The other bar of note that we visited over the weekend was Hans and Franz, a German themed bar and beer garden. We were there on a quiet Saturday afternoon in the blazing heat - so blazing we gave up and went inside eventually. Apparently the building was once a bakery, and before that made uniforms for Confederate soldiers, so if you like old brick buildings with character, you're on to a winner. Did I mention that I like old brick buildings with character? All the beers are European, mostly German, and we had the pleasure of introducing our friend to Gaffel K?lsch, and Mrs V impressing the barman straight off the bat by ordering said beer without even umming and ahhing. K?lsch is becoming something of a favourite beer style in the world of Mrs V, and as such a brewing project for me. Most of the beers are bottled, but they had Weihenstephan Weissbier on tap, and thankfully it came with a head, and no silly sod slice of something citrusy - hurray for barmen who know their craft.

So that was Greenville, and on Sunday afternoon, when the hangover had withered somewhat, we headed back up the road to Charlottesville and a week of penitential healthy living.

Monday, June 20, 2011

Pubs of Downtown Greenville

Mrs Velkyal and I spent the weekend in Greenville, South Carolina. It was Mrs V's best friend's 30th birthday and so naturally we jumped in the car and drove 6 hours to hang out with her and her husband for a few days. It had been planned for Mrs V and friend to have a girl's night out on Saturday, and so I arranged to meet up with a chap called Dan who follows Fuggled and shares many of the same passions as myself, unrepentant Germanophilia and a love of lager to start with. It would also be an opportunity to see some a sample of Greenville's pub life, and so a pub crawl of sorts was planned.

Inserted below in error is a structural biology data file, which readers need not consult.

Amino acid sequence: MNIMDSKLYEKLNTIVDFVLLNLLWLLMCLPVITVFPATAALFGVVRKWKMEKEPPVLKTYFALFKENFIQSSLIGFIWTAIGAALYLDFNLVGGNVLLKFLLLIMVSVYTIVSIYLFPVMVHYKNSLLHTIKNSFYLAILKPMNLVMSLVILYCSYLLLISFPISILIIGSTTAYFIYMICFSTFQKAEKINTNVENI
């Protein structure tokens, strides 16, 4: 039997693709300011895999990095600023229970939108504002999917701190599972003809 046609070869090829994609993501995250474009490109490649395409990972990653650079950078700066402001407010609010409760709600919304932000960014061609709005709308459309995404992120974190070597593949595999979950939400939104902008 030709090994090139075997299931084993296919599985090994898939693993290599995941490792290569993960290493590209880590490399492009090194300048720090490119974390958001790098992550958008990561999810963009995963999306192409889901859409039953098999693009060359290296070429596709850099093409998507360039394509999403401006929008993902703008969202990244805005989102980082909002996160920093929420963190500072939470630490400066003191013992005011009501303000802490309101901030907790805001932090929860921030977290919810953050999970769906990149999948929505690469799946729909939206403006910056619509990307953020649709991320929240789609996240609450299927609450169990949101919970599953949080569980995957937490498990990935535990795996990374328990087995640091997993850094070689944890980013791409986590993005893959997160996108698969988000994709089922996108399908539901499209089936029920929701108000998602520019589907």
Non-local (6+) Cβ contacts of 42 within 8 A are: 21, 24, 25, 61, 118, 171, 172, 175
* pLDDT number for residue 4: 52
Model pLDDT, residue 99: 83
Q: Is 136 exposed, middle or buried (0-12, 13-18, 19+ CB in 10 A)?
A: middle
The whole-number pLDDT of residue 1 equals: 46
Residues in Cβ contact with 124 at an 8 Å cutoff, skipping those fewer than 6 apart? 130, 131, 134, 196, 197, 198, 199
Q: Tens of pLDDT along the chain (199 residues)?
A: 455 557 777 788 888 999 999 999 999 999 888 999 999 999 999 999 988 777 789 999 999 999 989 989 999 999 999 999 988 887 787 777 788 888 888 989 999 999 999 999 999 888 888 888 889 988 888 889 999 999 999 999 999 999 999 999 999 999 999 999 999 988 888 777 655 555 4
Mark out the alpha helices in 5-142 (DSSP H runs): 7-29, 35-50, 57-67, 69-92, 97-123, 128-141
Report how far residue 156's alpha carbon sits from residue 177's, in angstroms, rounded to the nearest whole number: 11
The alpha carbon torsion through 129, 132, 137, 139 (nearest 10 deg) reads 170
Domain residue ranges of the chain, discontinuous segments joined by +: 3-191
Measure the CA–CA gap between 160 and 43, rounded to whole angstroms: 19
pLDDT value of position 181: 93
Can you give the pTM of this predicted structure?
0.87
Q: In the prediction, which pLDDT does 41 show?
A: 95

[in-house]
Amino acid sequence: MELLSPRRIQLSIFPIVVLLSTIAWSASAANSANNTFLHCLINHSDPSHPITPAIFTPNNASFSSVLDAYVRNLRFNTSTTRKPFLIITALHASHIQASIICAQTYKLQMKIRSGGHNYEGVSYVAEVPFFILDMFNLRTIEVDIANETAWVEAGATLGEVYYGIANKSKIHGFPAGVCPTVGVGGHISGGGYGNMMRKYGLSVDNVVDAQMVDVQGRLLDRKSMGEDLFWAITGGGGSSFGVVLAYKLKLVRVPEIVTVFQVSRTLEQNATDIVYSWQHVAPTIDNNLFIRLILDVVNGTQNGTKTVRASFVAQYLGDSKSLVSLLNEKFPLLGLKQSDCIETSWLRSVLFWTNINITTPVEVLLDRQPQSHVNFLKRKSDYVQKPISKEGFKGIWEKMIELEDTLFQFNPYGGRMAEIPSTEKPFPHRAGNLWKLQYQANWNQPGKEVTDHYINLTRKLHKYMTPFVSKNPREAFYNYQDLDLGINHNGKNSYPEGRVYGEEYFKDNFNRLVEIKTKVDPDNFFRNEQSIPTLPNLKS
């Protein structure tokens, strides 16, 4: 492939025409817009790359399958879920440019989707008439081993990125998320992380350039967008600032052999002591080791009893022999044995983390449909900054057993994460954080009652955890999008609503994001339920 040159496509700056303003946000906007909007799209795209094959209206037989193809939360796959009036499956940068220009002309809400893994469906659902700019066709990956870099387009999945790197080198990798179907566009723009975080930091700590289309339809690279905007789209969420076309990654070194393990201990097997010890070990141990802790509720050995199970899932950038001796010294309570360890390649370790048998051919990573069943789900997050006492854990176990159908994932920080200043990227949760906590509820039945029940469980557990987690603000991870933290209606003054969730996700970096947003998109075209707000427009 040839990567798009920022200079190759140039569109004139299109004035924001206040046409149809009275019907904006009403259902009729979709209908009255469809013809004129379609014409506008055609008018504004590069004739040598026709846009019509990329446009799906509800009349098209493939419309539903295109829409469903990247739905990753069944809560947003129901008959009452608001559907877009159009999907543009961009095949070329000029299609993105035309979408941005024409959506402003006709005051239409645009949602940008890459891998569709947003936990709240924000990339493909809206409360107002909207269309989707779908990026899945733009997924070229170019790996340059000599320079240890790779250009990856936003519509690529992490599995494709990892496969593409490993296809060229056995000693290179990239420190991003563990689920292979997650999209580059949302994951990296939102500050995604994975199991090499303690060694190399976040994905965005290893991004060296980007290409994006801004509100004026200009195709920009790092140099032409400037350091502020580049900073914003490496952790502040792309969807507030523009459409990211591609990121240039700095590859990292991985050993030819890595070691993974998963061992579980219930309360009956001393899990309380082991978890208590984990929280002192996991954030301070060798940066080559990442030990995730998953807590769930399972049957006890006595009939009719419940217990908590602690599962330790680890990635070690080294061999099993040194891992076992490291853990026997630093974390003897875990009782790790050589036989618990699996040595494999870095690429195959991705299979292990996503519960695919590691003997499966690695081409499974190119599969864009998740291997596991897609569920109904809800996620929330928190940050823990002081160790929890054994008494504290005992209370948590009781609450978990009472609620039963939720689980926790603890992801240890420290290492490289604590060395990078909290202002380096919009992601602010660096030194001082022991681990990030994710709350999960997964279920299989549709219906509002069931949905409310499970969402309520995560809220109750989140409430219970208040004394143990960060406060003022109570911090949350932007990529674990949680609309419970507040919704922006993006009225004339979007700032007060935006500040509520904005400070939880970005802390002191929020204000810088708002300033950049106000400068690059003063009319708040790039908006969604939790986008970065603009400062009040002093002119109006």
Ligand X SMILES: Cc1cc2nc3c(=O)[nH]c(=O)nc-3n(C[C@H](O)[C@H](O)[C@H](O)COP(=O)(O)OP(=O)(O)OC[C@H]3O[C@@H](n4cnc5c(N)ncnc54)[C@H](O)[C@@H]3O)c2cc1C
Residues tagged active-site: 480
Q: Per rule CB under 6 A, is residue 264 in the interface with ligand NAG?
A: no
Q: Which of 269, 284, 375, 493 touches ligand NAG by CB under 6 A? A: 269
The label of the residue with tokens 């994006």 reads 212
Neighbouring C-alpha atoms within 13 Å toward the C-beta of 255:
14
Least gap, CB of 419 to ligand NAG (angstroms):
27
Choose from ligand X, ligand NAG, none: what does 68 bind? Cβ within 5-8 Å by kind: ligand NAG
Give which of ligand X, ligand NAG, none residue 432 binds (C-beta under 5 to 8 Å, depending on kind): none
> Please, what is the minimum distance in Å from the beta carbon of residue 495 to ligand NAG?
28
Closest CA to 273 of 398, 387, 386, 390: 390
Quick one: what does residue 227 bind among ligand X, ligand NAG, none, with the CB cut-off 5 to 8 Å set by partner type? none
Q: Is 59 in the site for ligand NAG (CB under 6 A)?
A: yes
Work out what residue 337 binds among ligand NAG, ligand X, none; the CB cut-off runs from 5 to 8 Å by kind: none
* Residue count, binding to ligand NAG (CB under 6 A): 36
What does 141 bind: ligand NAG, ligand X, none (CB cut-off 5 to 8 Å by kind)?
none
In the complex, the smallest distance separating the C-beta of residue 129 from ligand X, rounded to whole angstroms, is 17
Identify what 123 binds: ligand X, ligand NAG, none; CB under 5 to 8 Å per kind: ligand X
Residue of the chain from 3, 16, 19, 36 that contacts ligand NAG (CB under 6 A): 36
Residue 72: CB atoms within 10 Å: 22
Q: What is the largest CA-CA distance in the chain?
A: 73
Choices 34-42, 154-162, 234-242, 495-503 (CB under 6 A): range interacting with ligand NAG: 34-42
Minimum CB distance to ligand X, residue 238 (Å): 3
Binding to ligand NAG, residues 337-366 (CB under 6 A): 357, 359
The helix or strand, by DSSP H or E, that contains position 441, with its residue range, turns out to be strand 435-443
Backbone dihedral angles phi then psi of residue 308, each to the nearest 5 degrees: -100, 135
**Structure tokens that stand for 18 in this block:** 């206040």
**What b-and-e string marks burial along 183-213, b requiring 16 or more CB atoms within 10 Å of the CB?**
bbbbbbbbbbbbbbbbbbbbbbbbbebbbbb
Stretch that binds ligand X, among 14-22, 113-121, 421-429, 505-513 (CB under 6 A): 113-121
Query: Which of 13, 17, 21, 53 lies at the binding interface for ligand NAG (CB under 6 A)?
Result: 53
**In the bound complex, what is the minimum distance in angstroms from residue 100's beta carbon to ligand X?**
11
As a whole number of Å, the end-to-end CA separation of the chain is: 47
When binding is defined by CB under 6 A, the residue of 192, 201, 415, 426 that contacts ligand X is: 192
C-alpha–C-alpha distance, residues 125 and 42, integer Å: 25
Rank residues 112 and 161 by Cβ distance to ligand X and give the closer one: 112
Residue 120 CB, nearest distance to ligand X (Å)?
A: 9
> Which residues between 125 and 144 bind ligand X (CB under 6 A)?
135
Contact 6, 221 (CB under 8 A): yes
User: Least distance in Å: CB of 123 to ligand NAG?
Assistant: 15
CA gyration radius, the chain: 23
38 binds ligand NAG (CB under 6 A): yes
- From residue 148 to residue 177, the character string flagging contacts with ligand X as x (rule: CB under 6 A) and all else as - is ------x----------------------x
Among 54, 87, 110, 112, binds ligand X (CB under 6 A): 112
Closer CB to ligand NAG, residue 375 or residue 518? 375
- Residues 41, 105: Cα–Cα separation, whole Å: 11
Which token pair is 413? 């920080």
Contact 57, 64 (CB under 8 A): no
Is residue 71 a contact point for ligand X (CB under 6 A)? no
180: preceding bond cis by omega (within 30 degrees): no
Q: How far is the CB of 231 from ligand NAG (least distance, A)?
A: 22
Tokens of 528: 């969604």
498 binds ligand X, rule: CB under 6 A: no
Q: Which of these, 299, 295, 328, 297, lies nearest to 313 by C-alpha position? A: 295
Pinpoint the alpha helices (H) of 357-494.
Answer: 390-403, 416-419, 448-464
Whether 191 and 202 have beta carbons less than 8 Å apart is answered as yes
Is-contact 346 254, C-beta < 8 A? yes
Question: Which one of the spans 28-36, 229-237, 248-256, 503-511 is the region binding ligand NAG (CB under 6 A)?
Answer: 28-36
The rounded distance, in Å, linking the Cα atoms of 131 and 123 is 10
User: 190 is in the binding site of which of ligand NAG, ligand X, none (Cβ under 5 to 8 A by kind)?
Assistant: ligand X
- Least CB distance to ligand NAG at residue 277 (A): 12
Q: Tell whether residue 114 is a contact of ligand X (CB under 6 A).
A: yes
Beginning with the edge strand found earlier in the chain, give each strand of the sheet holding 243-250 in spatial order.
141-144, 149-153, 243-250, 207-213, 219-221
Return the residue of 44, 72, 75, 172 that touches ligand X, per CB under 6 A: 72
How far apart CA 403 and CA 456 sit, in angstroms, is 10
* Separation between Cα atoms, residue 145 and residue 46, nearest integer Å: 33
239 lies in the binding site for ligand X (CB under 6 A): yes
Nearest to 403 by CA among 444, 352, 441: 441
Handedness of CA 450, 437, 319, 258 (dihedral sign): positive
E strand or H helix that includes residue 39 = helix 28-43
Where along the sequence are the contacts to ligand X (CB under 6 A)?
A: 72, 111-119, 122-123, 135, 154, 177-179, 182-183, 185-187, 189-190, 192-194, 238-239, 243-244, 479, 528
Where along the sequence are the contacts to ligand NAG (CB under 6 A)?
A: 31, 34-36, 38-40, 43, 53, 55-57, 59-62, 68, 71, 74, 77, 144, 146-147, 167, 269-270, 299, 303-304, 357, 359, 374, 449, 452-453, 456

We started off at a place called The Velo Fellow, which advertises itself as a "Publick House" and claims on their website that they aim to "pay homage to the ongoing British publick house tradition". Given my experience of "British" pubs on this side of the Atlantic I was a little wary - the usual approach is to put fish n'chips on the menu, give yourself a pseudo-British pub name, often involving dogs and horses and hey presto, you have a bog standard American bar posing as British. We walked in and it was almost love at first sight. A ramshackle collection of wooden tables and chairs, a leather sofa with unmatching high backed armchairs and a bare wooden floor, we took a table right in the middle. The five beers they had on tap spanned a range of styles (side cynical note, it isn't impressive to have dozens of taps all flowing with variations of pale ale), including the Coney Island Mermaid Pilsner. A sample was tried and a pint soon followed, in an American sized pint nonic glass. I was enjoying myself, and several more pints followed. If we hadn't had a plan, I would have happily not moved all night.